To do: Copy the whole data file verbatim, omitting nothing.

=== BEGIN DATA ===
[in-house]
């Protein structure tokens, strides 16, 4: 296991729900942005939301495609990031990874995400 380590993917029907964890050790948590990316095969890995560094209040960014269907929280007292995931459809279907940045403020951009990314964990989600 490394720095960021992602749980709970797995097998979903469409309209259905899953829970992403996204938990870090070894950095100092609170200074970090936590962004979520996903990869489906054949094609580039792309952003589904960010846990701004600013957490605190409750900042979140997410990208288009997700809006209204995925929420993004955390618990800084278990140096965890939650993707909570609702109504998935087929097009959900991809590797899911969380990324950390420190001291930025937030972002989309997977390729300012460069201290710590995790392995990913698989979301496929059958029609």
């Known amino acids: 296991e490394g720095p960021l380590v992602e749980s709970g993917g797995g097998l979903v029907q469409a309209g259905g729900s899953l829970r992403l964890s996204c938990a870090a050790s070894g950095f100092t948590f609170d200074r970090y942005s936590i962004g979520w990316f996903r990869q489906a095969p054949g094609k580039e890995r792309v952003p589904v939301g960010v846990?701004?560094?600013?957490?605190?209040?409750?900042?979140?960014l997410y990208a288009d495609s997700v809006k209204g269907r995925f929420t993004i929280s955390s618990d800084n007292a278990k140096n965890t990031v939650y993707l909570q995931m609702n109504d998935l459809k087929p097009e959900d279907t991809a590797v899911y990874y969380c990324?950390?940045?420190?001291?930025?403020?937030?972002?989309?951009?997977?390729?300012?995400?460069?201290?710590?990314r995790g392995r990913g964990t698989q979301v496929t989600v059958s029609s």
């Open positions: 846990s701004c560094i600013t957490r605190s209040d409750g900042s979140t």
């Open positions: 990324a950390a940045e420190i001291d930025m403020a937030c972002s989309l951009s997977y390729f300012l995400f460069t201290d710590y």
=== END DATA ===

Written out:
[in-house]
């Protein structure tokens, strides 16, 4: 296991729900942005939301495609990031990874995400 380590993917029907964890050790948590990316095969890995560094209040960014269907929280007292995931459809279907940045403020951009990314964990989600 490394720095960021992602749980709970797995097998979903469409309209259905899953829970992403996204938990870090070894950095100092609170200074970090936590962004979520996903990869489906054949094609580039792309952003589904960010846990701004600013957490605190409750900042979140997410990208288009997700809006209204995925929420993004955390618990800084278990140096965890939650993707909570609702109504998935087929097009959900991809590797899911969380990324950390420190001291930025937030972002989309997977390729300012460069201290710590995790392995990913698989979301496929059958029609």
């Known amino acids: 296991e490394g720095p960021l380590v992602e749980s709970g993917g797995g097998l979903v029907q469409a309209g259905g729900s899953l829970r992403l964890s996204c938990a870090a050790s070894g950095f100092t948590f609170d200074r970090y942005s936590i962004g979520w990316f996903r990869q489906a095969p054949g094609k580039e890995r792309v952003p589904v939301g960010v846990?701004?560094?600013?957490?605190?209040?409750?900042?979140?960014l997410y990208a288009d495609s997700v809006k209204g269907r995925f929420t993004i929280s955390s618990d800084n007292a278990k140096n965890t990031v939650y993707l909570q995931m609702n109504d998935l459809k087929p097009e959900d279907t991809a590797v899911y990874y969380c990324?950390?940045?420190?001291?930025?403020?937030?972002?989309?951009?997977?390729?300012?995400?460069?201290?710590?990314r995790g392995r990913g964990t698989q979301v496929t989600v059958s029609s």
């Open positions: 846990s701004c560094i600013t957490r605190s209040d409750g900042s979140t």
């Open positions: 990324a950390a940045e420190i001291d930025m403020a937030c972002s989309l951009s997977y390729f300012l995400f460069t201290d710590y």